Article first published online: 23 NOV 2010
Copyright © 2010 American Association for the Study of Liver Diseases
Volume 52, Issue 6, pages 1897–1905, December 2010
How to Cite
Zhu, Z., Wilson, A. T., Luxon, B. A., Brown, K. E., Mathahs, M. M., Bandyopadhyay, S., McCaffrey, A. P. and Schmidt, W. N. (2010), Biliverdin inhibits hepatitis C virus nonstructural 3/4A protease activity: Mechanism for the antiviral effects of heme oxygenase?. Hepatology, 52: 1897–1905. doi: 10.1002/hep.23921
Supported in part by Merit Review grants from the Veterans Administration (K.E.B.), the National Institutes of Health R21 DK068453-01A1 and VA Merit Review (W.N.S.), RO1 DK058597-4 (B.A.L.), and the University of Iowa Carver Trust Foundation (W.N.S. and A.P.M.), and the American Cancer Society Seed Award (Z.Z.).
Presented in part at the American Association for the Study of Liver Diseases, 50th Annual Meeting, San Francisco, CA, 2008 and 2009, abstracts #1905 and #791, respectively.
Potential conflict of interest: Dr. Schmidt is on the speakers' bureau of Schering and is a consultant for Gilead.
- Issue published online: 23 NOV 2010
- Article first published online: 23 NOV 2010
- Accepted manuscript online: 20 AUG 2010 12:00AM EST
- Manuscript Accepted: 6 AUG 2010
- Manuscript Received: 8 APR 2010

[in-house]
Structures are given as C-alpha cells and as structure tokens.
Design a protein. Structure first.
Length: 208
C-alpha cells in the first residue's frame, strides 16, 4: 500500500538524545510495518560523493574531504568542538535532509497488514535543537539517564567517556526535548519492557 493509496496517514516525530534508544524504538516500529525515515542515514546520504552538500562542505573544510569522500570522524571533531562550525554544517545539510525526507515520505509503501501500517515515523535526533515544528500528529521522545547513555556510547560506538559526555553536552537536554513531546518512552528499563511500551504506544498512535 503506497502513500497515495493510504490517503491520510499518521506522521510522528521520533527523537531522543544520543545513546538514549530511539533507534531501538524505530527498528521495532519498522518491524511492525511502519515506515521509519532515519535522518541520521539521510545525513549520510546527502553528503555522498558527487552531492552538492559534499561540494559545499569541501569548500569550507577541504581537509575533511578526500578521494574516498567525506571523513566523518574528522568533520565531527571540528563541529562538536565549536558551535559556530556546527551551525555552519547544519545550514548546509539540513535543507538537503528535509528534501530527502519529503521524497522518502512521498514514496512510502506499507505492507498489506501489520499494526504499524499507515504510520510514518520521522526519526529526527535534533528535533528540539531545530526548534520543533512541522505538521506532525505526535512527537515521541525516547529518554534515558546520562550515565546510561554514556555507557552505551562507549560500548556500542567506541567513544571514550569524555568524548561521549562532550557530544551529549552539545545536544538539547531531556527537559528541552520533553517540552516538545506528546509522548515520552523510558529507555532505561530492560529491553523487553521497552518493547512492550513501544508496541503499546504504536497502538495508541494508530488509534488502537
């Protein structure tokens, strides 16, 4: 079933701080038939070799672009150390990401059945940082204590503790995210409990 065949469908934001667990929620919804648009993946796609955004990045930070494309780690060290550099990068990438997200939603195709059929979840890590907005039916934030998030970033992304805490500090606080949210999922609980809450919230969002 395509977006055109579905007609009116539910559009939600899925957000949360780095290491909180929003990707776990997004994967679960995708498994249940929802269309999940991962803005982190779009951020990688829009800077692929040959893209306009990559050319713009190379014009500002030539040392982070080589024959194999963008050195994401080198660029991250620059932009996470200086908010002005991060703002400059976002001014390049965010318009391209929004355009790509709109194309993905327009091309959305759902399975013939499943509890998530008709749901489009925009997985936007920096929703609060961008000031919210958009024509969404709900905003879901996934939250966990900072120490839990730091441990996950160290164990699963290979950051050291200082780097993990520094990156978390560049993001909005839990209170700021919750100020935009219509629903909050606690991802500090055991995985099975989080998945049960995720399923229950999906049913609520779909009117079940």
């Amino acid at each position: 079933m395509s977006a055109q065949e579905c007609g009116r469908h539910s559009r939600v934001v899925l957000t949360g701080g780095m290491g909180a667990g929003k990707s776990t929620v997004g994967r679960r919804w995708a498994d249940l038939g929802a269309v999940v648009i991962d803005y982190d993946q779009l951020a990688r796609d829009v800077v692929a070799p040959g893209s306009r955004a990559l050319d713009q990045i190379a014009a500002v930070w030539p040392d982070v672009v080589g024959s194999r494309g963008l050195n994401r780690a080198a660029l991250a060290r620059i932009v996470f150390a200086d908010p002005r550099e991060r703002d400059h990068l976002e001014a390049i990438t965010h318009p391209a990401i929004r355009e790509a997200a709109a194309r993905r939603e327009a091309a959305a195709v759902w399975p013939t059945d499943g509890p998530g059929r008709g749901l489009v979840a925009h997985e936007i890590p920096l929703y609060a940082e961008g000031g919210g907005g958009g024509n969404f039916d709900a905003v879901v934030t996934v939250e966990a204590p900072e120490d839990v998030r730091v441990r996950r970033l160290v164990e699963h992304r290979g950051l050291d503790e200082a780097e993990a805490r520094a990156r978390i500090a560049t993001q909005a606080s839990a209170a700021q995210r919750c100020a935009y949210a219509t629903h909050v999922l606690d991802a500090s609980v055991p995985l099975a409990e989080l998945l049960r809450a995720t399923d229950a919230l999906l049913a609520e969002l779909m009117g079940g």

Induction of heme oxygenase-1 (HO-1) inhibits hepatitis C virus (HCV) replication. Of the products of the reaction catalyzed by HO-1, iron has been shown to inhibit HCV ribonucleic acid (RNA) polymerase, but little is known about the antiviral activity of biliverdin (BV). Herein, we report that BV inhibits viral replication and viral protein expression in a dose-dependent manner in replicons and cells harboring the infectious J6/JFH construct. Using the SensoLyte 620 HCV Protease Assay with a wide wavelength excitation/emission (591 nm/622 nm) fluorescence energy transfer peptide, we found that both recombinant and endogenous nonstructural 3/4A (NS3/4A) protease from replicon microsomes are potently inhibited by BV. Of the tetrapyrroles tested, BV was the strongest inhibitor of NS3/4A activity, with a median inhibitory concentration (IC50) of 9 μM, similar to that of the commercial inhibitor, AnaSpec (Fremont, CA) #25346 (IC50 5 μM). Lineweaver-Burk plots indicated mixed competitive and noncompetitive inhibition of the protease by BV. In contrast, the effects of bilirubin (BR) on HCV replication and NS3/4A were much less potent. Because BV is rapidly converted to BR by biliverdin reductase (BVR) intracellularly, the effect of BVR knockdown on BV antiviral activity was assessed. After greater than 80% silencing of BVR, inhibition of viral replication by BV was enhanced. BV also increased the antiviral activity of α-interferon in replicons. Conclusion: BV is a potent inhibitor of HCV NS3/4A protease, which likely contributes to the antiviral activity of HO-1. These findings suggest that BV or its derivatives may be useful in future drug therapies targeting the NS3/4A protease. (HEPATOLOGY 2010;52:1897–1905)